Arizonans who don't believe the federal government has done all that it can to secure the border now have a chance to put their money where their mouth is.
A new website authorized by the Legislature is being set up today where individuals can donate to a special fund to have this state and the other three along the border finance their own fence where there is none now, or where the fence may be inadequate. Individuals and corporations can find out where to send their checks or even give online with a credit card.
Sen. Steve Smith, R-Maricopa, acknowledged he's not likely to get the kind of cash necessary to build the kind of metal walls he believes are necessary along the approximately 1,300 miles of southwest border where there is not already fencing. After all, he figures, costs could run anywhere from $400,000 to $3 million a mile; his immediate goal is to raise $15 million.
But Smith said even raising that could allow for construction of a fence for the high-traffic areas. He figures that once some areas are clearly no longer paths into this country, that would funnel would-be crossers into a fewer number of areas, into the waiting arms of the Border Patrol.
If nothing else, Smith said he believes that once Arizona and other states start building their own fencing, that might embarrass the federal government into doing more on its own.
Money aside, other problems remain.
The biggest of these is that the state cannot just put up fencing where it wants. That means consent of either the federal government, which has a 60-foot easement along the border, or the adjacent landowners.
There was no comment from the U.S. Department of Homeland Security.
The law is the latest effort by Arizona lawmakers to have the state take a role in dealing with the problem of illegal immigration.
Most of the efforts to this point have been focused on going after those who have made it into the country. That includes making life more difficult by denying certain benefits and allowing judges to close down companies found guilty of knowingly hiring undocumented workers.
What Smith hopes to do is keep people from crossing the border illegally in the first place.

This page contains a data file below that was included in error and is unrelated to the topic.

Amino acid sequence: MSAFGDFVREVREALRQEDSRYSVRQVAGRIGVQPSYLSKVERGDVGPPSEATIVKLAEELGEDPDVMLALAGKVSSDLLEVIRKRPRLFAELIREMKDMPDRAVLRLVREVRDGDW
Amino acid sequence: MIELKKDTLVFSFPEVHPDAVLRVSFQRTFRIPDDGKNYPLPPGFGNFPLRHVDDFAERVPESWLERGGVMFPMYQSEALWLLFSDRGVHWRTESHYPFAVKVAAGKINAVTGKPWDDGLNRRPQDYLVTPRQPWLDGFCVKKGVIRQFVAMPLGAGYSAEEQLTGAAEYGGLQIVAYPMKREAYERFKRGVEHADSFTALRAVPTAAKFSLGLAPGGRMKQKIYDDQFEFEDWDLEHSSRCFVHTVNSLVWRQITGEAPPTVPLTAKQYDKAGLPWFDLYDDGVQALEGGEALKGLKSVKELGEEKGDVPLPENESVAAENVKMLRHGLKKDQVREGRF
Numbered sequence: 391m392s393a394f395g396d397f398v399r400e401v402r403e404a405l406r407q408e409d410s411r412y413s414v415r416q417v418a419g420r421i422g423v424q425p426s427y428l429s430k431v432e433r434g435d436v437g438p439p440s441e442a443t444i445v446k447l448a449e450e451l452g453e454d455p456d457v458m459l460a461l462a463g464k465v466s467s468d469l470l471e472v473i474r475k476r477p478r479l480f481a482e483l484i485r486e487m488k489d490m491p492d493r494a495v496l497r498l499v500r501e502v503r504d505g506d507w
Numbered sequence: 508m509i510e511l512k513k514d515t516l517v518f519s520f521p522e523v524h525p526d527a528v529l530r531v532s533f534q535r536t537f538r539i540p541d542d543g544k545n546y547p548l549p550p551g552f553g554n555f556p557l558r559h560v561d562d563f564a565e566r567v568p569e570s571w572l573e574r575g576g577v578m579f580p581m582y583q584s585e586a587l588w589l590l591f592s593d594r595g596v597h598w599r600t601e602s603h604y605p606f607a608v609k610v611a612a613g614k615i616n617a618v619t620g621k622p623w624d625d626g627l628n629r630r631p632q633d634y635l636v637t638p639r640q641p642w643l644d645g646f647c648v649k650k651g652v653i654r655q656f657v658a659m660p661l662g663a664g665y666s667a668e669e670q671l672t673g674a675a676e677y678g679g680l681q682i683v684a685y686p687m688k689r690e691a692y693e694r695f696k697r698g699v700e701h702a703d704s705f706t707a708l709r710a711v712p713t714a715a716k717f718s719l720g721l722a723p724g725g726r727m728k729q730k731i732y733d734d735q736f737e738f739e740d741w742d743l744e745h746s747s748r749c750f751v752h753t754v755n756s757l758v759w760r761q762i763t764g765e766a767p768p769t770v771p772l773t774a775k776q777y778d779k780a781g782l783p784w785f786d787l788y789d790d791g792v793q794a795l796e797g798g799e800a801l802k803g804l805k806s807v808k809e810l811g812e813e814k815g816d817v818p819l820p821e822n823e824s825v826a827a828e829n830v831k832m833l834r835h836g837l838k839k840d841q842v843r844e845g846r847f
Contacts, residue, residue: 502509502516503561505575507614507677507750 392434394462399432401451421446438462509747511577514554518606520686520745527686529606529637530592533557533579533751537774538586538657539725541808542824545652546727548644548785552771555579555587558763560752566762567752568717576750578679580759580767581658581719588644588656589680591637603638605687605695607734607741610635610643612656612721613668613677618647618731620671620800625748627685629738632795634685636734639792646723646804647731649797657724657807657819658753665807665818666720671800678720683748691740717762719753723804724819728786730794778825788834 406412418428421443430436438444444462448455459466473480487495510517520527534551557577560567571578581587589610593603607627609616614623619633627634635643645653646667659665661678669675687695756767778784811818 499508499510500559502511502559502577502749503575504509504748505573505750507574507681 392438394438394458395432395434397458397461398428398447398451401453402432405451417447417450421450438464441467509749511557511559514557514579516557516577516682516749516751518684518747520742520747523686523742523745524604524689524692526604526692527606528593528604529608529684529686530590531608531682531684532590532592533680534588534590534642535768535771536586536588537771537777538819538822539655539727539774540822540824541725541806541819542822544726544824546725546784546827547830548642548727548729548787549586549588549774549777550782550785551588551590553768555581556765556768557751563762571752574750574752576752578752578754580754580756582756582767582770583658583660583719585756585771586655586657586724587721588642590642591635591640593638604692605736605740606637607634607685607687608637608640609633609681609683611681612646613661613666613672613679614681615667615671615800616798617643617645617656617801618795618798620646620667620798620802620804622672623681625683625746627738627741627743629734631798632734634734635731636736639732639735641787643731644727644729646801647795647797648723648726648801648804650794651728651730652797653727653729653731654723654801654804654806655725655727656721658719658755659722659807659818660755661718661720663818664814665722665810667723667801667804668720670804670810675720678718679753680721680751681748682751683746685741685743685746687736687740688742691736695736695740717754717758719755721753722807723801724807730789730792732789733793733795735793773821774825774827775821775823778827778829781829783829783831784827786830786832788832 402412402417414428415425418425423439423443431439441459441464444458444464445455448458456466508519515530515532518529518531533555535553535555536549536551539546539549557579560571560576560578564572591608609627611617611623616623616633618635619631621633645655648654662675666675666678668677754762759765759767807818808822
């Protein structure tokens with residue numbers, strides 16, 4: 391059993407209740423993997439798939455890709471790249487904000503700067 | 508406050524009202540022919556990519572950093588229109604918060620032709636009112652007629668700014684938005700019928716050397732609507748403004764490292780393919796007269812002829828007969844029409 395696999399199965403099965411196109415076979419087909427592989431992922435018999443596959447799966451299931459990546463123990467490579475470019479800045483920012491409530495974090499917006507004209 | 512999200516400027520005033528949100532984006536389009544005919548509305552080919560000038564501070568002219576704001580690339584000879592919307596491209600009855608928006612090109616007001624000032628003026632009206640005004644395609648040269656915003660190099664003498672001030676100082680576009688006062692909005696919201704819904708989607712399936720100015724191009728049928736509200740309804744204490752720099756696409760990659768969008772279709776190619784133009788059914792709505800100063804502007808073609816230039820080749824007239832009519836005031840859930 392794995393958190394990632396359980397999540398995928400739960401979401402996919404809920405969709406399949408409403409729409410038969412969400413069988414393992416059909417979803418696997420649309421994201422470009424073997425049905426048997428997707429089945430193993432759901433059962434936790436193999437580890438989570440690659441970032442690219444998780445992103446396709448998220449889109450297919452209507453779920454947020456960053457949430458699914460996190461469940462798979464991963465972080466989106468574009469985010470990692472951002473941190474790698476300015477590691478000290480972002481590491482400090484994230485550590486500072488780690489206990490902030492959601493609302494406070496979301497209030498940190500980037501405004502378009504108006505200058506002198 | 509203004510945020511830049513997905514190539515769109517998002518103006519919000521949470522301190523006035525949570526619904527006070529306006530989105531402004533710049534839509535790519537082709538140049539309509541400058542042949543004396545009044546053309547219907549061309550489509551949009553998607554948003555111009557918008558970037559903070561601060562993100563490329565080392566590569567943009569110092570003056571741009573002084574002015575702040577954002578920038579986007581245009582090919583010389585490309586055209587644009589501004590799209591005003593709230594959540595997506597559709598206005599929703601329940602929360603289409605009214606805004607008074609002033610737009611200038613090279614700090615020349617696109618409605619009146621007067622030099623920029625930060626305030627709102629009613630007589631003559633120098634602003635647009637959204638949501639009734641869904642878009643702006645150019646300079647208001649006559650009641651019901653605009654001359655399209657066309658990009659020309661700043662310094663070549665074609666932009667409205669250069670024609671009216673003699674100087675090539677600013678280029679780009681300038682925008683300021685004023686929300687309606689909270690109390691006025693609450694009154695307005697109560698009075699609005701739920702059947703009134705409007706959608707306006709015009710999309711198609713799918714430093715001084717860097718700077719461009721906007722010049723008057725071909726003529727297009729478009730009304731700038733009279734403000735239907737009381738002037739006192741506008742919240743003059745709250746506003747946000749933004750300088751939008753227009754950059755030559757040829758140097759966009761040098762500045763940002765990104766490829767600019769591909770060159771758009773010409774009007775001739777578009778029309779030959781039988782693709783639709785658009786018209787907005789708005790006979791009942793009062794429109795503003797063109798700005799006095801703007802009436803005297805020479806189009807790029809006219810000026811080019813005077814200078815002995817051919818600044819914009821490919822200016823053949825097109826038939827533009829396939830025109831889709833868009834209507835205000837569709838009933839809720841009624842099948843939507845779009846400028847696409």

He said that Congress in 2006 required Homeland Security to get "operational control" of the border. Smith said that essentially means preventing all unlawful entries into this country, whether by those looking for work, drug couriers or terrorists.
Smith noted that President Obama and Homeland Security Secretary Janet Napolitano have both declared that the border is "as secure as it ever has been." More recently, the president, in a speech in El Paso, said the fencing mandated by Congress is virtually complete.
"It's lies," Smith said. "That's the easiest and most blunt way I can put it."
By the numbers, Homeland Security has completed 649 miles of fencing. That's just two miles short of what was planned, with that last stretch in litigation.
That includes 299 miles of vehicle fences and 350 miles of pedestrian fencing.
Of that total, 306 miles is in Arizona, with nearly 183 miles of vehicle fences and the balance being pedestrian fencing.
But the Arizona border is 388 miles long; it is nearly 2,000 miles from San Diego to Brownsville.
And Smith said even those numbers are misleading.
"They think anything erected in the sand is a fence," he said. Smith said he does not consider vehicle barriers - essentially large pylons or poles in the ground - much of a barrier at all, since individuals can walk between them.
He also is no more impressed with wire mesh pedestrian fences which can be cut.
"There's about 13 miles of what I consider a fence in Arizona," Smith said: solid corrugated steel barriers, at least 18 feet high.
He acknowledged that such a barrier along the entire border, even if it could be funded, is impractical, what with rivers and other environmental issues. But Smith said that's where the state could use technology, putting in sensors that would alert Border Patrol to crossers.
That still leaves the issue of where it could be built.
Smith said if the federal easement is off limits, he believes many private landowners would give permission.
Smith said he hopes to model his fundraising after the account that Gov. Jan Brewer set up last year to accept donations to pay the legal bills of the state's defense of SB 1070.
That law, designed to give police more power to detain and arrest suspected illegal immigrants, was challenged by the Obama administration and others. The case is making its way through the legal system after a federal judge enjoined the state from enforcing key provisions.
After a big start, donations to Brewer's fund have tapered off.
Smith believes he can do better, especially at soliciting funds from out-of-state residents.
"If you're in Wisconsin and you're asked to donate to a legal defense fund for 1070, is that tangible?" he said. "If you're in Wisconsin and asked to build a fence for this country, that's tangible. One is paying a lawyer and one is actually erecting a steel fence."
But Brewer told Capitol Media Services that Smith should not count on large amounts of cash just suddenly appearing.
"It's not as easy as they think it is," she said. Brewer said the big influx at the front end came because she made a personal effort, using her high-profile position as governor, to drum up support.
"I'm not in a position right now to be able to do much with the border fence," Brewer said. "I think that's more of a legislative agenda."
Less clear is whether the names of donors will be made public, as the governor has done. While the account is authorized by statute, it is silent on the question of public access to the books.
Smith said he has no problem with disclosing the list of contributors.
As an incentive to give, Smith said that donors on the website, after they're done checking out, will have the opportunity to print out, or have e-mailed to them, a certificate saying they helped build the fence.